May, 208 Ala. at 589-90, 95 So. at 31.

The holding in May, however, is contrary to the principles of pleading established by the Alabama Rules of Civil Procedure. "These rules shall be construed to secure the just, speedy and inexpensive determination of every action." Rule 1(c). "When a party against whom a judgment for affirmative relief is sought has failed to plead or otherwise defend as provided by these rules and that fact is made to appear by affidavit or otherwise, the clerk shall enter his default," Rule 55(a), and the court proceeds under Rule 55(b) to enter a default judgment. "The adoption of the Alabama Rules of Civil Procedure was accompanied by the abolition of the harsh rules of pleading that had been followed by our courts." Williams v. Kasal, 429 So.2d 1008, 1010 (Ala.1983), citing B & M Homes, Inc. v. Hogan, 376 So.2d 667 (Ala.1979). The rules are designed to prevent preclusion of a viable claim or defense because of "technical inaccuracy in pleading." Prescott v. Thompson Tractor Co., 495 So.2d 513, 516 (Ala.1986).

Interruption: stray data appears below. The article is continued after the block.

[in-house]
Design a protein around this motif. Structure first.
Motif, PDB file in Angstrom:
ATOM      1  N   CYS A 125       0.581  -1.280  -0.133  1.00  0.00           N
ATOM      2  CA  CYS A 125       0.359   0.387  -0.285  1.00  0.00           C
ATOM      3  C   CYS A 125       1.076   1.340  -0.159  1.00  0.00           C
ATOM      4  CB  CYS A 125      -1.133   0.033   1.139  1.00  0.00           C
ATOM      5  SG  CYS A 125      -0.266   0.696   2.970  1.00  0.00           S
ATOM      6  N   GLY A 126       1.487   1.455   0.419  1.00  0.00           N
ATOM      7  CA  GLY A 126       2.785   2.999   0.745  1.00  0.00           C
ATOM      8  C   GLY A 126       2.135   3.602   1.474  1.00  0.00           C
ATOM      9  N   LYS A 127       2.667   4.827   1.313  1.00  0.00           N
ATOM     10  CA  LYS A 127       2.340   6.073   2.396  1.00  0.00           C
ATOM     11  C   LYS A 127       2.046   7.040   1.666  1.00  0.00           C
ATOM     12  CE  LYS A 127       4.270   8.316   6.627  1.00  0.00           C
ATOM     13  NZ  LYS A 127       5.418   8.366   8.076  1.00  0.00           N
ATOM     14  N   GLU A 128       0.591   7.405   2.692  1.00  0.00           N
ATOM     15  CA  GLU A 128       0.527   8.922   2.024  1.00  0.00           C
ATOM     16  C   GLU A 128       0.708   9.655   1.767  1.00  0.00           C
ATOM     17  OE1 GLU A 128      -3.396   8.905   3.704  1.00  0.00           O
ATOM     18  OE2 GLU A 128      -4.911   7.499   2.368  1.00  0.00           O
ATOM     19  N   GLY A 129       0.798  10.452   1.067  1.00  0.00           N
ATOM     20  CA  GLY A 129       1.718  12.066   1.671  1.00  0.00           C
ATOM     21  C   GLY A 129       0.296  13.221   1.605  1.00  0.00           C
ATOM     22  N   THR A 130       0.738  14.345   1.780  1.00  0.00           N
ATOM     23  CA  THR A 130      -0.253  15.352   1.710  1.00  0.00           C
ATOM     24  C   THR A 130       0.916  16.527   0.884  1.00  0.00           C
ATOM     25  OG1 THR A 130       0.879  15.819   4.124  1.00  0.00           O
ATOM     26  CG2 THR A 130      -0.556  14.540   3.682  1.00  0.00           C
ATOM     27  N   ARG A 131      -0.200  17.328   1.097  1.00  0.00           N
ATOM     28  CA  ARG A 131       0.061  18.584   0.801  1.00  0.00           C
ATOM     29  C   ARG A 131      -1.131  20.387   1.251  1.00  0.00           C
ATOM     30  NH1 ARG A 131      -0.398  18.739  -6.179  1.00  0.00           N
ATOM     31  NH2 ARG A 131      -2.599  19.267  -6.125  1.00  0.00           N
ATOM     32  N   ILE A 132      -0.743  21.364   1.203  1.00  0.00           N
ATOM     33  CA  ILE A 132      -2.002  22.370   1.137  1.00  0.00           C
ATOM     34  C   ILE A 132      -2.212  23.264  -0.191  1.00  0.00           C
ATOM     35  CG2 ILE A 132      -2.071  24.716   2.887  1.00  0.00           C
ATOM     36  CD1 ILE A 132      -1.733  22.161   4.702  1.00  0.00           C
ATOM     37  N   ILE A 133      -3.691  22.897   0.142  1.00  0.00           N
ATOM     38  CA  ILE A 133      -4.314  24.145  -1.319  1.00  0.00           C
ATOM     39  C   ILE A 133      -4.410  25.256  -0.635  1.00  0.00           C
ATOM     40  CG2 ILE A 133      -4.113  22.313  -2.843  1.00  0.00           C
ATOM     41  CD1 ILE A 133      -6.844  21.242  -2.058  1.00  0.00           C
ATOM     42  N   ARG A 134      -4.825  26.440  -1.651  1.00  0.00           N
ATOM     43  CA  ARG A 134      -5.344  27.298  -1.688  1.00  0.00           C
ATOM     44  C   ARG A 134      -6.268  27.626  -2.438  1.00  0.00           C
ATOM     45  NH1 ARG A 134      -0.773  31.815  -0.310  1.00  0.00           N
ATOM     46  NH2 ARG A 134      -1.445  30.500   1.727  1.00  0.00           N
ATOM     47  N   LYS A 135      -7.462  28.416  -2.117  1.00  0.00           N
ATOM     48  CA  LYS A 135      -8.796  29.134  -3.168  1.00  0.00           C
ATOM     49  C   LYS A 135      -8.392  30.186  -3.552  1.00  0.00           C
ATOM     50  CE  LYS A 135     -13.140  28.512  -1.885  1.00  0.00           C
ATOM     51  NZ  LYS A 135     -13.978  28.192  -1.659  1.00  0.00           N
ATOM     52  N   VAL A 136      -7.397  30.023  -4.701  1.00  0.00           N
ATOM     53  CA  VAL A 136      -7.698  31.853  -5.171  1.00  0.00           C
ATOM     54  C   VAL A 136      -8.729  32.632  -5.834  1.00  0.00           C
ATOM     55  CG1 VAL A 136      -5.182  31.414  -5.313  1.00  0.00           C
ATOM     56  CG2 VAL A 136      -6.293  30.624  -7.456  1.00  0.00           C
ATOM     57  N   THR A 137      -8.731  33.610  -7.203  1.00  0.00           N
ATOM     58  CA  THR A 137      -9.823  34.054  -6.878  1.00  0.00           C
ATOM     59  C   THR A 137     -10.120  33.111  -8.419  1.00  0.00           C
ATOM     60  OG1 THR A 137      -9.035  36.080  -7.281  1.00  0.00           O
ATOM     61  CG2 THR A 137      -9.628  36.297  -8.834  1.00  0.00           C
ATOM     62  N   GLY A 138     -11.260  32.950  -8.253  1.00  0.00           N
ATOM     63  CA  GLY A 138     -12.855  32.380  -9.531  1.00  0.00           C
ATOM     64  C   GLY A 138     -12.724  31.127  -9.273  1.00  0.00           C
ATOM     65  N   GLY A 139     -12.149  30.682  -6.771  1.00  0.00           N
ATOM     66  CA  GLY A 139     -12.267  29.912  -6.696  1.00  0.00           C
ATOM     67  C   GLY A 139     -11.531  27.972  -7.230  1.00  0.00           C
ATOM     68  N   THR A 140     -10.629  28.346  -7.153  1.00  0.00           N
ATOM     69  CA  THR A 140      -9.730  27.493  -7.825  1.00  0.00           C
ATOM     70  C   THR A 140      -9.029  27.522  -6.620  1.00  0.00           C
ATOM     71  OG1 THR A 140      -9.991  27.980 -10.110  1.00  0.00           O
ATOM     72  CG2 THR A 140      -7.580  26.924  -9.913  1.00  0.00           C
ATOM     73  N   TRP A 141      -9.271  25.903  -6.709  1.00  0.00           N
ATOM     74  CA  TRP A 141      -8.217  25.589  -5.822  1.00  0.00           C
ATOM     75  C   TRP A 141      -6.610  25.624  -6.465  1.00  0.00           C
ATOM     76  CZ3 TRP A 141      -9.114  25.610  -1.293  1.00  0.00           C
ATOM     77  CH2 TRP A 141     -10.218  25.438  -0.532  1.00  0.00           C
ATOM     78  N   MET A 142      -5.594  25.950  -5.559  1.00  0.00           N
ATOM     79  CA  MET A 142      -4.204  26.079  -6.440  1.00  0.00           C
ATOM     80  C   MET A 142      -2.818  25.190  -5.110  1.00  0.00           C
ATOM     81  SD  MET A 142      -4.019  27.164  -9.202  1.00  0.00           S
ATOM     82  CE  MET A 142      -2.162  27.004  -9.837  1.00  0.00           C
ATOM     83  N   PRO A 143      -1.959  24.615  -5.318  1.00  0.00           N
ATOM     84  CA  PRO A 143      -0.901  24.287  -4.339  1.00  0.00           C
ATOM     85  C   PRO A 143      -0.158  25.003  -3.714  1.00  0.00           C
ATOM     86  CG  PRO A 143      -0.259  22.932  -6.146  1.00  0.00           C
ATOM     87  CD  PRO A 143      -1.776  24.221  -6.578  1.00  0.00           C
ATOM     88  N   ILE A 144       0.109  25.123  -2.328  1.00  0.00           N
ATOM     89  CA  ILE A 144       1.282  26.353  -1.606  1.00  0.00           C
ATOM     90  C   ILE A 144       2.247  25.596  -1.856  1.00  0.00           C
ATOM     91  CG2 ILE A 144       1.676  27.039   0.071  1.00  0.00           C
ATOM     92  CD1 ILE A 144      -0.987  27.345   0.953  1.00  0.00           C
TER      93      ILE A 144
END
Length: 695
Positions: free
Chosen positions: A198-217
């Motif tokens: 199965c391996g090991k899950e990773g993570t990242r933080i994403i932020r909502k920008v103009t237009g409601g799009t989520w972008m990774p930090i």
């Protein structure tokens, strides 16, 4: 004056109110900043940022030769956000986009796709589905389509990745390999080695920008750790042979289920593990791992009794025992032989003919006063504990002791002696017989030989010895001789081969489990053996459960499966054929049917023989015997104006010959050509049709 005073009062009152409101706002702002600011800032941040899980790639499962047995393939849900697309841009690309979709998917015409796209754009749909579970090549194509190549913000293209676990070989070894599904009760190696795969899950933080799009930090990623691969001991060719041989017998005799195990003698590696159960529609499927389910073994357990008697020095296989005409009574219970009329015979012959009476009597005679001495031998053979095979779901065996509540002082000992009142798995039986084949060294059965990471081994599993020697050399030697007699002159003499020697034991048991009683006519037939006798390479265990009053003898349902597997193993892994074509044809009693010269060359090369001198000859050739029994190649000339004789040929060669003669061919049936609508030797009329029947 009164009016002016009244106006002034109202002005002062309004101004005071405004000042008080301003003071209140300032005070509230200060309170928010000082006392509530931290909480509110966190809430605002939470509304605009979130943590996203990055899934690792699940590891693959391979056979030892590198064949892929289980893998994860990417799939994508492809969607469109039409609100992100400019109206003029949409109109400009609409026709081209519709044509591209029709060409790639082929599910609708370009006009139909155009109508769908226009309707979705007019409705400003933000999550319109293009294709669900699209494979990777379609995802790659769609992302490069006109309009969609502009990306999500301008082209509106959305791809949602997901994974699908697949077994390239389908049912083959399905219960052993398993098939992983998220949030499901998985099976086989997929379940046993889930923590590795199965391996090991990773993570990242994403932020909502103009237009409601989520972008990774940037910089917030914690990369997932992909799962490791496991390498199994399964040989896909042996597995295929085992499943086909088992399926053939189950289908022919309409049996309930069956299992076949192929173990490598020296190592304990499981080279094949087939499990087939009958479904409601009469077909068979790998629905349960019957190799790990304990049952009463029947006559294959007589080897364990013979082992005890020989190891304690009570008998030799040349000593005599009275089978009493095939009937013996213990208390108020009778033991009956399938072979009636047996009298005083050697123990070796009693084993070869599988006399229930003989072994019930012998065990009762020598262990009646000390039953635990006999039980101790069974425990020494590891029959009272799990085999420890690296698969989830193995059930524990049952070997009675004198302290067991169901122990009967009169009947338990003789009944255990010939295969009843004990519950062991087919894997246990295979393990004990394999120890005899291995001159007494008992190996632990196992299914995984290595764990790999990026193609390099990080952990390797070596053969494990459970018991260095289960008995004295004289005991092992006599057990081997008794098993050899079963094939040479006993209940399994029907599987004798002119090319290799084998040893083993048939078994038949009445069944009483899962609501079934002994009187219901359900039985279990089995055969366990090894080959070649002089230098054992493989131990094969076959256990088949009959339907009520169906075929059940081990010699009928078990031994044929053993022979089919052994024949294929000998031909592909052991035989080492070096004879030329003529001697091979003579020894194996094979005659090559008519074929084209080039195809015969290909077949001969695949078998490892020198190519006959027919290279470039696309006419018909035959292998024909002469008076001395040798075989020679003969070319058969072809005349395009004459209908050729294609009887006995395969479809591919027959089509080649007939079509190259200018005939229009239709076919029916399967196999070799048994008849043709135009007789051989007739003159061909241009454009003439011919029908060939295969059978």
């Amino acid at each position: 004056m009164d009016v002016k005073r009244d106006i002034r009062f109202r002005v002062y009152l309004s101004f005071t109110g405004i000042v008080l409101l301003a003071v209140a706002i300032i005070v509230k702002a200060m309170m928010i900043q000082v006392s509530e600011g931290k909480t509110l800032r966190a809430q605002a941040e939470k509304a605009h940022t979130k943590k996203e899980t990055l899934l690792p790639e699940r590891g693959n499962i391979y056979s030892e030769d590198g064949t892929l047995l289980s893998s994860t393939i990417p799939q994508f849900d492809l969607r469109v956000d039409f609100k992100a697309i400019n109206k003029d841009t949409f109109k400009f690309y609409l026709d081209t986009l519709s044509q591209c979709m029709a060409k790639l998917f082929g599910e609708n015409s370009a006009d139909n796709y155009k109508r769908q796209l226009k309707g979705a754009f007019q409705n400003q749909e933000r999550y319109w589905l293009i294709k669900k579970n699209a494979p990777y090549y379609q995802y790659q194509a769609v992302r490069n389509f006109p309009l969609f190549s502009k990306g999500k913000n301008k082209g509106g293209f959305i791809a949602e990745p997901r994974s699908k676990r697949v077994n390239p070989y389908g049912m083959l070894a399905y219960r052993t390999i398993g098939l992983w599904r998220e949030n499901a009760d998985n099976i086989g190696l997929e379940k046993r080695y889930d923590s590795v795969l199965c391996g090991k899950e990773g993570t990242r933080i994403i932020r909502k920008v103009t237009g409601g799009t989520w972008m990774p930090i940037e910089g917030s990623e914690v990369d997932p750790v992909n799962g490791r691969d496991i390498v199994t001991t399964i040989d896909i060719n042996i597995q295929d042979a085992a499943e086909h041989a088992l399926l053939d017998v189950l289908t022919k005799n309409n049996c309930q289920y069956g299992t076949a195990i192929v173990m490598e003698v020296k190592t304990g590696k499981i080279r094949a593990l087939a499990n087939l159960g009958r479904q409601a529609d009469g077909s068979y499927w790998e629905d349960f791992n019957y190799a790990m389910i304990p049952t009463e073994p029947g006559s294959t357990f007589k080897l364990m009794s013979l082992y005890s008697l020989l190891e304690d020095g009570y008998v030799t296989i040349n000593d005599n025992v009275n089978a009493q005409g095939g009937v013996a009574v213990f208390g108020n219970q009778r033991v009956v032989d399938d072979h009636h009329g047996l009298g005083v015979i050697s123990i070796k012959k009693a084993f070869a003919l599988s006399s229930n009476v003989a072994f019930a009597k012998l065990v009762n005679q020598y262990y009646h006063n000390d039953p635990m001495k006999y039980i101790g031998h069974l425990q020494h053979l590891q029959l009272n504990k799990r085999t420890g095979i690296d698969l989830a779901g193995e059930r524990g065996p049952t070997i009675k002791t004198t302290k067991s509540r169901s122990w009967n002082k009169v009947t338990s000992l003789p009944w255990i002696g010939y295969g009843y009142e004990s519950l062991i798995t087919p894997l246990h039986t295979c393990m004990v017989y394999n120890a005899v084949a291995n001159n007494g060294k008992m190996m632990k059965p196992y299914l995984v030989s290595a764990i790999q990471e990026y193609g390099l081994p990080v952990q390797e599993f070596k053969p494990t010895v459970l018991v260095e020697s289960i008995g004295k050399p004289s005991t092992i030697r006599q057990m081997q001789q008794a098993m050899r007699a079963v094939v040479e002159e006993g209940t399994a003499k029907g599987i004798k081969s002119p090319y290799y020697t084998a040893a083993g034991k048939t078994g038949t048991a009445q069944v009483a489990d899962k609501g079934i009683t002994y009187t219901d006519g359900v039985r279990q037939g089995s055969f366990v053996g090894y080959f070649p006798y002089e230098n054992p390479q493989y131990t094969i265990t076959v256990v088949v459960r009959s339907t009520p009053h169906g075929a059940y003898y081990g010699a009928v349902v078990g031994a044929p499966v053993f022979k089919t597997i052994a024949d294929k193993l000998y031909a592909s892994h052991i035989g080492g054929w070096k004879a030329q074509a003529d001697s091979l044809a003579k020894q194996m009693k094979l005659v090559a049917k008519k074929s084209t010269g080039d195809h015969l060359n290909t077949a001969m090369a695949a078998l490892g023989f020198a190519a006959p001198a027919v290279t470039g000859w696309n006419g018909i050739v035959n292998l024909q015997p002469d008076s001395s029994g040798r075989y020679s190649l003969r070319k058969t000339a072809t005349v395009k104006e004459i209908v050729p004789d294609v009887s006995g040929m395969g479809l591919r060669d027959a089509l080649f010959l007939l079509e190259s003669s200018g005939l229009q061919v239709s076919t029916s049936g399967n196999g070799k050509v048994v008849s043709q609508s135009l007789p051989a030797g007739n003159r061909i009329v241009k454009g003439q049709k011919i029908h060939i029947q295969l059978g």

The Rules of Civil Procedure are designed to give fair notice of the claim against the defendant. Simpson v. Jones, 460 So.2d 1282 (Ala.1984); Dempsey v. Denman, 442 So.2d 63 (Ala.1983); Carter v. Calhoun County...